The Perspective of Justice

An Inclusive Church

Matthew is very concerned in his Gospel with the unity of the Christian community. He does not envision the Church as an exclusionary organization, but rather as an inclusive community which is guided by the spirit of the parable of the weeds.
  “Let them grow together until harvest”: since its earliest days, the Church has preferred to tolerate different levels of commitment and holiness. Such an attitude is in line with the ‘wisdom’ of the Hebrew Scriptures, which informs us that “those who are just must be kind and your mastery over all things makes you lenient to all and you judge with clemency.”

This attitude of acceptance is also in line with the revelation of God “as merciful and gracious, slow to anger, abounding in kindness.”

An inclusive Church that is kind and lenient toward its own members and toward everyone else should be an inspiration to a divided world that has a tendency to judge harshly, to be quick to anger, and to uproot weeds even at the cost of damage to the good plants.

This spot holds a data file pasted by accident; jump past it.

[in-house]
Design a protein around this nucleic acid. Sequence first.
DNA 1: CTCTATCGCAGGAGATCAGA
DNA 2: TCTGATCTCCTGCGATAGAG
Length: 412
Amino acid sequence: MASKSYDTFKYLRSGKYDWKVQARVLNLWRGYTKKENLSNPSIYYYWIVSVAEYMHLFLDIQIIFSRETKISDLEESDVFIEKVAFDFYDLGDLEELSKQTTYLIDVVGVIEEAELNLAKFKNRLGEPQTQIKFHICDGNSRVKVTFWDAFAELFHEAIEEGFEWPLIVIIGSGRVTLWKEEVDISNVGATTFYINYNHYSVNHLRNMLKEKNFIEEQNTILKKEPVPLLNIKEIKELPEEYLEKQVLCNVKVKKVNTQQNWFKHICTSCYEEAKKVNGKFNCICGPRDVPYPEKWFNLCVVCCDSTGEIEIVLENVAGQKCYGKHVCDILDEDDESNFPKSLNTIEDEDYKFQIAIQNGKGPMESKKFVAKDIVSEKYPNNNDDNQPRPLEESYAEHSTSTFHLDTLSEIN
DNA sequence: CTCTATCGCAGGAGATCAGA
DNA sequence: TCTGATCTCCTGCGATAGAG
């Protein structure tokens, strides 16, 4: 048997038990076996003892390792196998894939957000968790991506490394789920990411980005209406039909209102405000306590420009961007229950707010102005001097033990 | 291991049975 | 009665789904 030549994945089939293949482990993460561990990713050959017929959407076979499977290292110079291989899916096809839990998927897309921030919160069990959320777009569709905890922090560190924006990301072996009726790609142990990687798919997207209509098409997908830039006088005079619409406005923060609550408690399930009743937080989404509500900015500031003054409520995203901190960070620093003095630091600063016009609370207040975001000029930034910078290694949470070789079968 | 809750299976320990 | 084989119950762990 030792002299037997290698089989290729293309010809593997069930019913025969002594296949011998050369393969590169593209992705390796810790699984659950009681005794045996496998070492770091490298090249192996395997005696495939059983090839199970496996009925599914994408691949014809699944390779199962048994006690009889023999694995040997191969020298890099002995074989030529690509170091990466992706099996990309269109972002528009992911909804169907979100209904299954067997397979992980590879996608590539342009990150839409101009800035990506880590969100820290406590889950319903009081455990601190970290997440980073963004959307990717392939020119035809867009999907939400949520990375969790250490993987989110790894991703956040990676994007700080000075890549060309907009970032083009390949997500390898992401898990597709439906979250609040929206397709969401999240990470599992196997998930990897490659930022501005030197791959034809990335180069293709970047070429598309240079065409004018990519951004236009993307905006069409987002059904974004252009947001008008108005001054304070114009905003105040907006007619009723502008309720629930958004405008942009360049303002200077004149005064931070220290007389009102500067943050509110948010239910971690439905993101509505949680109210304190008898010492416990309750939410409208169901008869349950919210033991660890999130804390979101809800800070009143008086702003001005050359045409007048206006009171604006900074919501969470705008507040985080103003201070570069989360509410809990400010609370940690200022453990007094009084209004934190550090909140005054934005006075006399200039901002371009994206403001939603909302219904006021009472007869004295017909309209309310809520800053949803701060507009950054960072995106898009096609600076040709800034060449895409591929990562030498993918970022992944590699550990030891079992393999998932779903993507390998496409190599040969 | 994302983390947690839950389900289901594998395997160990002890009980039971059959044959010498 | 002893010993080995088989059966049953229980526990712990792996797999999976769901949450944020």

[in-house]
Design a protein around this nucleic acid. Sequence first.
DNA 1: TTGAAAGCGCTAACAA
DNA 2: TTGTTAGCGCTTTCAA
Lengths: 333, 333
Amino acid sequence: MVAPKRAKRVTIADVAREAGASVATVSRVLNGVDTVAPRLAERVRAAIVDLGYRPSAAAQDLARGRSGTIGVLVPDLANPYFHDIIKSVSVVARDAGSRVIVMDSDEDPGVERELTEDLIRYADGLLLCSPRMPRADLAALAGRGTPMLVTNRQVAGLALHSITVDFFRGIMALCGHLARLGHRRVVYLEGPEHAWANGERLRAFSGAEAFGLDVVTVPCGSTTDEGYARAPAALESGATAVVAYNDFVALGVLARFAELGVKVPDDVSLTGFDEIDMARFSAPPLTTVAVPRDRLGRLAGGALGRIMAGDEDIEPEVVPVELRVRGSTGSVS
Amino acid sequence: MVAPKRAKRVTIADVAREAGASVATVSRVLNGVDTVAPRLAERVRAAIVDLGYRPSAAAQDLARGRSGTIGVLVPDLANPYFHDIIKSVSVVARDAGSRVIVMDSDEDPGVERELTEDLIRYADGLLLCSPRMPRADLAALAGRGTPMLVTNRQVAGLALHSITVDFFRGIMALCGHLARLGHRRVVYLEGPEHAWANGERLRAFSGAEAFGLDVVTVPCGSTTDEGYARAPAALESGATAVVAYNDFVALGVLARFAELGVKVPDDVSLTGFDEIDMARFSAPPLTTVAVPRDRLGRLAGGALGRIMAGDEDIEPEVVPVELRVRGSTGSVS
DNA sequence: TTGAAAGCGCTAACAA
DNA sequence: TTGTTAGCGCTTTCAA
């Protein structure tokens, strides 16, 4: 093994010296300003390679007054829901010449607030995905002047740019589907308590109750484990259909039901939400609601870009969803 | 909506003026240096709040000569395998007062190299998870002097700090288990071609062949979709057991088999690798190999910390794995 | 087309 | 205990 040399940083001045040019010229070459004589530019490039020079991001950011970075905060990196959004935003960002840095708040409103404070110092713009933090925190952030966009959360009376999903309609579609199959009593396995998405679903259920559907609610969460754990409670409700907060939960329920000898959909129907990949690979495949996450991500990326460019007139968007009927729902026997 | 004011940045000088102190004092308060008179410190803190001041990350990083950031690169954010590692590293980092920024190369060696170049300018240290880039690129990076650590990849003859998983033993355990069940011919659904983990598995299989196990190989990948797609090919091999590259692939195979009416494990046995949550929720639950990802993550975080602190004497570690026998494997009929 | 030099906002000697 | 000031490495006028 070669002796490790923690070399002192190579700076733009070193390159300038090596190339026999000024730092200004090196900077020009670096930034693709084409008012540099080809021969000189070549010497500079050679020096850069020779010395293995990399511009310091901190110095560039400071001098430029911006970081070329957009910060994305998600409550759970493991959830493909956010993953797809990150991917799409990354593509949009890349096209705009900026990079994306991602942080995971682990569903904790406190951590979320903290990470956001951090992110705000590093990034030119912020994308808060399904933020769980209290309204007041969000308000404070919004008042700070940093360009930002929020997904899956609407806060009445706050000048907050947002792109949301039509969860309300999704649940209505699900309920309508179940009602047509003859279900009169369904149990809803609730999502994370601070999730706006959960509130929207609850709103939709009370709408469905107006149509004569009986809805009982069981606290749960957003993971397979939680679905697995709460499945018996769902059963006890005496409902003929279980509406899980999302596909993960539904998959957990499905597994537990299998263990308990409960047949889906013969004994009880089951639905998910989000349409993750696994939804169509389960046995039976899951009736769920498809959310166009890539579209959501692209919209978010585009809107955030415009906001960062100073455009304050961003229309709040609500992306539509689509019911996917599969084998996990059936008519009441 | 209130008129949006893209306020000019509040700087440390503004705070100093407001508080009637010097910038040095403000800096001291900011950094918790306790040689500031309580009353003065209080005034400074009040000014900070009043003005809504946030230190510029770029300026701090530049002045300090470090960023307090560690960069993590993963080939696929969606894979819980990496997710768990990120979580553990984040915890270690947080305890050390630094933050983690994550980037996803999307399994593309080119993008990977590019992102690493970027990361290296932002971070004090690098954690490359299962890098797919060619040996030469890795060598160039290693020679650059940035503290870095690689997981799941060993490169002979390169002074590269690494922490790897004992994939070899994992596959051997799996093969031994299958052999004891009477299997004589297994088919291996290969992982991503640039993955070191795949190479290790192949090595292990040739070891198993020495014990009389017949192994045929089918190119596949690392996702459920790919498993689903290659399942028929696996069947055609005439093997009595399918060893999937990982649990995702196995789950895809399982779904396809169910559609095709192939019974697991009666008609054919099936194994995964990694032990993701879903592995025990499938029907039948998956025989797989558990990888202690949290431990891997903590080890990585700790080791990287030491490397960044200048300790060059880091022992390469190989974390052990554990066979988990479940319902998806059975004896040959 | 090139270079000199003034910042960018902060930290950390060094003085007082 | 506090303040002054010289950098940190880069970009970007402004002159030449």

By virtue of her mission to shed on the whole world the radiance of the gospel message, and to unify under one Spirit all men of whatever nation, race, or culture, the Church stands forth as a sign of that brotherliness which allows honest dialogue and invigorates it.

Such a mission requires in the first place that we foster within the Church herself mutual esteem, reverence, and harmony, through the full recognition of lawful diversity.

Vatican II, Constitution on the Church in the Modern World, 1965:92.

Gerald Darring

Now published in book form, To Love and Serve: Lectionary Based Meditations, by Gerald Darring This entire three year cycle is available at


**From Saint Louis University

Kristin Clauson